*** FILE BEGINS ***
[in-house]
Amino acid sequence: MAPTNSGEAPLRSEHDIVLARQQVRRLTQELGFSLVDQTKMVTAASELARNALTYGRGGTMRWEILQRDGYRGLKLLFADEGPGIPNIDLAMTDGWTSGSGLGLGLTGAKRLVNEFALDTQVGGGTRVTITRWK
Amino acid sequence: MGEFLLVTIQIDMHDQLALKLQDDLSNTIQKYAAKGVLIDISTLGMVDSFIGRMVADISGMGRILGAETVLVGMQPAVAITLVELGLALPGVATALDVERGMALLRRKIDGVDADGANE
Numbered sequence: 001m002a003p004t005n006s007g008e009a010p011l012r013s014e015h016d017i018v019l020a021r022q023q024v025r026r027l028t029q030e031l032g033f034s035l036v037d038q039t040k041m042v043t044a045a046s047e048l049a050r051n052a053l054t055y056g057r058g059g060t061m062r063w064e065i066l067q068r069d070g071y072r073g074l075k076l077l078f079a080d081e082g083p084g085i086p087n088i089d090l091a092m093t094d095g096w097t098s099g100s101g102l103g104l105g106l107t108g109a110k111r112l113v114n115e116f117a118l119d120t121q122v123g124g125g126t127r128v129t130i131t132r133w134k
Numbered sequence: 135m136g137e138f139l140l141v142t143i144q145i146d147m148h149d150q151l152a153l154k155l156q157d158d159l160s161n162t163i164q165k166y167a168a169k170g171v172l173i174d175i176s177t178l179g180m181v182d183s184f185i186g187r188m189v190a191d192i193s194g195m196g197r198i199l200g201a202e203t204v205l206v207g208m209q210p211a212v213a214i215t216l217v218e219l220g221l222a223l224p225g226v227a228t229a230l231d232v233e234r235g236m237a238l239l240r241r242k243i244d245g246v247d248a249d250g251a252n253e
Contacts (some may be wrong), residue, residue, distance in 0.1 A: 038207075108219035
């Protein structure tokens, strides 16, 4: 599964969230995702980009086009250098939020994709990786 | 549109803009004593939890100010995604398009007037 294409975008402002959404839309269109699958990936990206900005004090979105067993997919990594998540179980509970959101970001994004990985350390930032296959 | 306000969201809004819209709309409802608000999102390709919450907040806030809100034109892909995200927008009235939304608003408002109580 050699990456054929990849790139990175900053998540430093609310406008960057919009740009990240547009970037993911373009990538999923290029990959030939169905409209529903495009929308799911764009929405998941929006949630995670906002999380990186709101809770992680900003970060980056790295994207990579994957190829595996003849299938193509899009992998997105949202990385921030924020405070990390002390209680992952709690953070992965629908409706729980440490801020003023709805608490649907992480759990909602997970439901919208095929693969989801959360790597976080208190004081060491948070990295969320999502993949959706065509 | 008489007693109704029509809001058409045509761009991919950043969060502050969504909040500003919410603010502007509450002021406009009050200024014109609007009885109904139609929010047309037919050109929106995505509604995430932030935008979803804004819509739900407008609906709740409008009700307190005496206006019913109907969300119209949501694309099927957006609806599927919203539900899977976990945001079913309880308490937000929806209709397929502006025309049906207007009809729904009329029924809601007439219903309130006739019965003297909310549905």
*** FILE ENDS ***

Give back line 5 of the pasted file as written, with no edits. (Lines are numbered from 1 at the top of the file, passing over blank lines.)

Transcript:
Numbered sequence: 135m136g137e138f139l140l141v142t143i144q145i146d147m148h149d150q151l152a153l154k155l156q157d158d159l160s161n162t163i164q165k166y167a168a169k170g171v172l173i174d175i176s177t178l179g180m181v182d183s184f185i186g187r188m189v190a191d192i193s194g195m196g197r198i199l200g201a202e203t204v205l206v207g208m209q210p211a212v213a214i215t216l217v218e219l220g221l222a223l224p225g226v227a228t229a230l231d232v233e234r235g236m237a238l239l240r241r242k243i244d245g246v247d248a249d250g251a252n253e